The latest Ukraine-Russia-USA news: live updates

Credit…Tyler Hicks/The New York Times

A day after the US and Russia clashed in a remarkably hostile open session of the UN Security Council, senior diplomats from the two nations met on Tuesday, resuming private diplomatic talks aimed at defusing tensions in Eastern Europe.

The leaders of Great Britain and Poland are visiting Ukraine on Tuesday, a show of solidarity as Europe seeks to present a united front in the crisis.

“Our part of Europe does not experience earthquakes or volcanic eruptions,” Polish Prime Minister Mateusz Morawiecki said. said in Kyiv. “So living near a neighbor like Russia feels like living at the foot of a volcano.”

Yet even as this meeting is taking place, Prime Minister Viktor Orban of Hungary has traveled to Moscow to meet President Vladimir V. Putin of Russia – a move that has drawn bitter recriminations from other members of the European Union who see Mr. Orban’s attempt to cultivate a close relationship with Moscow at a time of crisis as an act of provocation.

US Secretary of State Antony J. Blinken spoke by telephone with Russian Foreign Minister Sergei V. Lavrov, but reading the call released by the State Department indicated no diplomatic breakthrough.

Bitter exchanges between the two nuclear powers at the United Nations on Monday highlighted a vast chasm that needs to be bridged.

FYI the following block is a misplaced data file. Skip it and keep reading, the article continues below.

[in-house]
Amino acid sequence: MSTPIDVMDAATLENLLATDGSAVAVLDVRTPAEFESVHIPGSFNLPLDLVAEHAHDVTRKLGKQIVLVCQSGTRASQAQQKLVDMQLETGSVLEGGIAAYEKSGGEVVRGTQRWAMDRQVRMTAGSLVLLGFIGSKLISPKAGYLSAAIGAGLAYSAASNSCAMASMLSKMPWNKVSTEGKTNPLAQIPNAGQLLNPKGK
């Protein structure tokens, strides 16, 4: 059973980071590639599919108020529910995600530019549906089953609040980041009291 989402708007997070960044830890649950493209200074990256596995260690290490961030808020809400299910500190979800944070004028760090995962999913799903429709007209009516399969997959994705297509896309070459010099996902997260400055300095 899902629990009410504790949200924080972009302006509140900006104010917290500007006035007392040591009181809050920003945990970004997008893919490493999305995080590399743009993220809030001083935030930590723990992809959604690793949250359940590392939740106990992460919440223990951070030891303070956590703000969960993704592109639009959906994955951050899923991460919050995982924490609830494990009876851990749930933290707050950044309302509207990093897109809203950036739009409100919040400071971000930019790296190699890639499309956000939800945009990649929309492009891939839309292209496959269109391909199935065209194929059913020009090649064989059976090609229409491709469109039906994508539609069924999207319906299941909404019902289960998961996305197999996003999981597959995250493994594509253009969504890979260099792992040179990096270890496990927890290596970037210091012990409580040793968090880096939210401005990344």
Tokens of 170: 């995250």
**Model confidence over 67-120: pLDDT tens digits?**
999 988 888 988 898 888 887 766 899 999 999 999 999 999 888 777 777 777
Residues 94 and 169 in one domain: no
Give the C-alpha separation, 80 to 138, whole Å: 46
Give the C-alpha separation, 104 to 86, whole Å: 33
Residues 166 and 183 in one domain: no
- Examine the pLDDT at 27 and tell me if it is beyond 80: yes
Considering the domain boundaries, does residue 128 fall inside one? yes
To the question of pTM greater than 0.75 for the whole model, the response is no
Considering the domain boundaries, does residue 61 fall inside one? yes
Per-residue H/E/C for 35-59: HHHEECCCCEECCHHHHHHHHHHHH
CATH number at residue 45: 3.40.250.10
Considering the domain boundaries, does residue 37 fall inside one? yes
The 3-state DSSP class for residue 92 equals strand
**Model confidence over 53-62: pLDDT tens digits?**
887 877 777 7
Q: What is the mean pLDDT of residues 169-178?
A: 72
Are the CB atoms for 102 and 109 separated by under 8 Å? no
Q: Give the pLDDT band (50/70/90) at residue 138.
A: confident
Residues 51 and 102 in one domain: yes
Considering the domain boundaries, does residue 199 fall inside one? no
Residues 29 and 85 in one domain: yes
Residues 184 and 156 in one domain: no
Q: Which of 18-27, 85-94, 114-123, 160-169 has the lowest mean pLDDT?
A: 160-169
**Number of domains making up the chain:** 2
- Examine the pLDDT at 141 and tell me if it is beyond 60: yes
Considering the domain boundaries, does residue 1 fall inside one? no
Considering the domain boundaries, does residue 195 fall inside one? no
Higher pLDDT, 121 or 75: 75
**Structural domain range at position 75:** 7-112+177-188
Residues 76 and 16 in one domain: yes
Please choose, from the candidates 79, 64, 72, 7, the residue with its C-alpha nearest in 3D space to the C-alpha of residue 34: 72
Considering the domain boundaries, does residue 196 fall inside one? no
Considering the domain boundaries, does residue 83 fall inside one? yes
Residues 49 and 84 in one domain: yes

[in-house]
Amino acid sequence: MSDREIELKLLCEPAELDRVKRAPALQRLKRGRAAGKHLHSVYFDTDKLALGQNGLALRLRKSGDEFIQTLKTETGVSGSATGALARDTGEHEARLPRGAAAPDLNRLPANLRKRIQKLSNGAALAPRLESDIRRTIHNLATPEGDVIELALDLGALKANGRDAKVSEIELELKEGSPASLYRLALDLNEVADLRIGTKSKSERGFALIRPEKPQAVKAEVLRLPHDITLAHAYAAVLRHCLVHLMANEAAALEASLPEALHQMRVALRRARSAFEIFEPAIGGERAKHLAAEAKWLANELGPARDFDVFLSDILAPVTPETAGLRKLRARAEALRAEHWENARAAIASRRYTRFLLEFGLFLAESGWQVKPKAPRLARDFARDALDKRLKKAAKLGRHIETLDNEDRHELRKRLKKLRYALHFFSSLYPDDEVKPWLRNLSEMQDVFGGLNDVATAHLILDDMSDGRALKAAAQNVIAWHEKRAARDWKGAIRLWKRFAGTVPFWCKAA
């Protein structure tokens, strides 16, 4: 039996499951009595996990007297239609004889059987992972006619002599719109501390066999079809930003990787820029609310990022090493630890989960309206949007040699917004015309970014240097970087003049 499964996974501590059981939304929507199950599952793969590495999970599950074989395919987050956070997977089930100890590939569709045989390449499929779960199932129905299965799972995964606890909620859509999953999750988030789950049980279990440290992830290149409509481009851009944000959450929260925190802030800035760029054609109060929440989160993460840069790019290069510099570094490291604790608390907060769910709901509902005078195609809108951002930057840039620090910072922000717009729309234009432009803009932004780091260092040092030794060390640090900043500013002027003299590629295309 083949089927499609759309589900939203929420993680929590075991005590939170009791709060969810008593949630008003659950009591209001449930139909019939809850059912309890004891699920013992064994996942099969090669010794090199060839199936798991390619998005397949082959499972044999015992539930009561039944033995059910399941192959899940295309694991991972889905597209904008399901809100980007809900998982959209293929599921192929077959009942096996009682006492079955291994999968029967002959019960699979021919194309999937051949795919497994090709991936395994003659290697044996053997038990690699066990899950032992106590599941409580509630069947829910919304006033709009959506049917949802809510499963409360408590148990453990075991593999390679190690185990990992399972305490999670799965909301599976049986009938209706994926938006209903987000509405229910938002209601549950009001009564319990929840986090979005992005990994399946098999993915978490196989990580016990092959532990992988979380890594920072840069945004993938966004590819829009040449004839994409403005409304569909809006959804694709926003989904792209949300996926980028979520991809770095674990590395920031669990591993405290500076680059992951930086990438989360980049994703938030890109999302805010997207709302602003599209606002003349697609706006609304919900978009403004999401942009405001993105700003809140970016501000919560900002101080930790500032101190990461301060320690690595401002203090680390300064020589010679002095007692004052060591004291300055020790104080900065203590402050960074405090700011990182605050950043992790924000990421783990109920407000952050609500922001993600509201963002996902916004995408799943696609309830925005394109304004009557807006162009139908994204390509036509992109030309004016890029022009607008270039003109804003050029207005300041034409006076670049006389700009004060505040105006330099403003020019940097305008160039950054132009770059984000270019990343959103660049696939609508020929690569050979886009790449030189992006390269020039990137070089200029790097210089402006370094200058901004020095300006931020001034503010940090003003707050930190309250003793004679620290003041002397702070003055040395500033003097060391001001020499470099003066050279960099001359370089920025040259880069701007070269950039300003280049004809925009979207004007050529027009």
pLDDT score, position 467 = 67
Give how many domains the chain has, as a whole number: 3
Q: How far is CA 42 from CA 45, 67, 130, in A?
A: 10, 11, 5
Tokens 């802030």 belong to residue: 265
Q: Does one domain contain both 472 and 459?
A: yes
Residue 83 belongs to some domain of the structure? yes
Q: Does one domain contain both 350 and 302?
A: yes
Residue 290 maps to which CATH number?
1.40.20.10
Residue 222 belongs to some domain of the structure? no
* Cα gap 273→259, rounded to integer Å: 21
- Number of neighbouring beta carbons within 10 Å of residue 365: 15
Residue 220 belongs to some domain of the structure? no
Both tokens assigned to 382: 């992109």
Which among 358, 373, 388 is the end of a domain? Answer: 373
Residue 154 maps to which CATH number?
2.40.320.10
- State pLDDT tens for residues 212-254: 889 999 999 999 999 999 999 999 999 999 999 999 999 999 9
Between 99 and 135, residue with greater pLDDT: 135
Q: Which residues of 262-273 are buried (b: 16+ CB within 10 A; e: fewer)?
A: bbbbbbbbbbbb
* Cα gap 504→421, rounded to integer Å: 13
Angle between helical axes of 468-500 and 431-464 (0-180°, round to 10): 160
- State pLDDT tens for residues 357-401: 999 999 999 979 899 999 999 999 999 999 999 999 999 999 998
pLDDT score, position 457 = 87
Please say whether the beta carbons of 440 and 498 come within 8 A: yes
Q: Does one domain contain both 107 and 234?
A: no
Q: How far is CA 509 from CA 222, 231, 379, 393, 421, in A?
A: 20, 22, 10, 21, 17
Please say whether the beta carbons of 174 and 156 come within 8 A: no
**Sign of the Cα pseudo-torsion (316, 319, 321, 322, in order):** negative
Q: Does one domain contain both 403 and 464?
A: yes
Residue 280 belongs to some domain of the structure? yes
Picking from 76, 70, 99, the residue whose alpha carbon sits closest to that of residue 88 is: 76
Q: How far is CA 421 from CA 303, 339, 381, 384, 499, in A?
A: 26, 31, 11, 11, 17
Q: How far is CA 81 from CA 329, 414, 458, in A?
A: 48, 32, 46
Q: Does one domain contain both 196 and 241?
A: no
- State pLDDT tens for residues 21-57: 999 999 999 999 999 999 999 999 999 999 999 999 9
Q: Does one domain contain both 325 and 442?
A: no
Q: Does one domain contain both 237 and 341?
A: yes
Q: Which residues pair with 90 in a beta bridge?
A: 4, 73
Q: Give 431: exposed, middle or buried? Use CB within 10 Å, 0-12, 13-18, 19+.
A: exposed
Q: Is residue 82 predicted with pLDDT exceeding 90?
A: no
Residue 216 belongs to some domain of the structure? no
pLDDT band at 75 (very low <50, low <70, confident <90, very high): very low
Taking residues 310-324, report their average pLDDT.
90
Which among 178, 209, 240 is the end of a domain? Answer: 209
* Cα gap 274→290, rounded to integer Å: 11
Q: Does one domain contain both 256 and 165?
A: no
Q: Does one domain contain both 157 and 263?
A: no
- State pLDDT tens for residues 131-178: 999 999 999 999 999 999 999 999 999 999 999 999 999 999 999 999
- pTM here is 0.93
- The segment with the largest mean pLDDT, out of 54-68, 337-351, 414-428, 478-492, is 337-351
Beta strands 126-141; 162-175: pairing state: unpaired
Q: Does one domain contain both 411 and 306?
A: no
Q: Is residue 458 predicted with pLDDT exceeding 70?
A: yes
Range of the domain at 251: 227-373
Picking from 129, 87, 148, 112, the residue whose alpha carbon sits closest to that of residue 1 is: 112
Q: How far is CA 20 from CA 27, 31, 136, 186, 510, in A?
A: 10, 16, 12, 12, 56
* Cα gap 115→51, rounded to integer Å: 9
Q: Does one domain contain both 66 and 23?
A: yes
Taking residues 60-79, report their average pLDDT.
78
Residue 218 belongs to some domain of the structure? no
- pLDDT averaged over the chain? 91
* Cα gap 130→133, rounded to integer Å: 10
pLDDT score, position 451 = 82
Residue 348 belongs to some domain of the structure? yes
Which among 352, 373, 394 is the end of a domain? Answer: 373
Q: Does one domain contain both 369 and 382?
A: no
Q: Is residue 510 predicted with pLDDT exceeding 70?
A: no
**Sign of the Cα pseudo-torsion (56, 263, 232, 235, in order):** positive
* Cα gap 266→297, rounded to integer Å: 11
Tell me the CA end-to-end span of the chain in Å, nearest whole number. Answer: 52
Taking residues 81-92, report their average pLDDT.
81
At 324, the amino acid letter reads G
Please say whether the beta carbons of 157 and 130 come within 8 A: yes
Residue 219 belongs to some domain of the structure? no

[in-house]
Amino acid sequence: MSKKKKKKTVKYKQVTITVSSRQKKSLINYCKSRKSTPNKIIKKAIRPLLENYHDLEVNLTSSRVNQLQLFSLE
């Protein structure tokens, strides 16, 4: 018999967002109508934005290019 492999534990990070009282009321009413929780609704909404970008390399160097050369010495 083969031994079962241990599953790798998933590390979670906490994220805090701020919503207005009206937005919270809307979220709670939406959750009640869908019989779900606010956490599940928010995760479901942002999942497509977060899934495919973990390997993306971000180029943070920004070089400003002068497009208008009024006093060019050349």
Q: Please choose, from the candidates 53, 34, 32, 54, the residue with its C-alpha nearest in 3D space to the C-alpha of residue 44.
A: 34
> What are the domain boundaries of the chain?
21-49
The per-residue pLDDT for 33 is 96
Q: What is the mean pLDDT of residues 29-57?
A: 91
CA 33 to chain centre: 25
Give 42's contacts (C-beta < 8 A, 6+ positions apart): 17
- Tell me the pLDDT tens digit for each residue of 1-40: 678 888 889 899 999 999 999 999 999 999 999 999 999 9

The United States has said the more than 130,000 Russian troops gathered in northern, eastern and southern Ukraine pose the greatest threat to European security since the end of World War II.

“They are trying, without any factual basis, to present Ukraine and Western countries as aggressors to fabricate a pretext for the attack,” said Linda Thomas-Greenfield, US Ambassador to the United Nations.

Russia responded by accusing America of warmongering, noting that all of Moscow’s forces were on Russian soil and in Belarus at the government’s invitation. But Vassily Nebenzia, the Russian ambassador, made no secret of the Kremlin’s disdain for the popularly elected government in Kiev, calling them “pure nationalists, radicals, Russophobes and Nazis”.

Despite a theatrics reminiscent of Cold War clashes of decades past, President Biden said Monday that the United States would “engage in relentless diplomacy” and “try like hell to improve the security of our allies and partners and all over Europe”.

British Prime Minister Boris Johnson was expected to deliver a similar message from Kyiv.

Mr. Morawiecki from Poland pledged to face this he called “Russian neo-imperialism”. Poland recently approved sending “defensive weapons” to Ukraine, and the Polish government has long rallied national support by saying it is working to eradicate communists – the “red spiders”, according to their terminology – of the legal system of the country.

But Polish government leaders have come under fire for attending a rally of far-right parties in Madrid over the weekend, as many of these groups are seen as either deeply sympathetic or outright pro-Kremlin. And Warsaw’s national agenda echoes Moscow’s in portraying gays and lesbians as a threat to civilization and positioning itself at the forefront of defending “traditional values.”

In this regard, Poland and Hungary are fellow travelers. However, while the Polish government has continuously adopted a hostile attitude towards Russia, Mr. Orban has publicly expressed his admiration for Mr. Putin.

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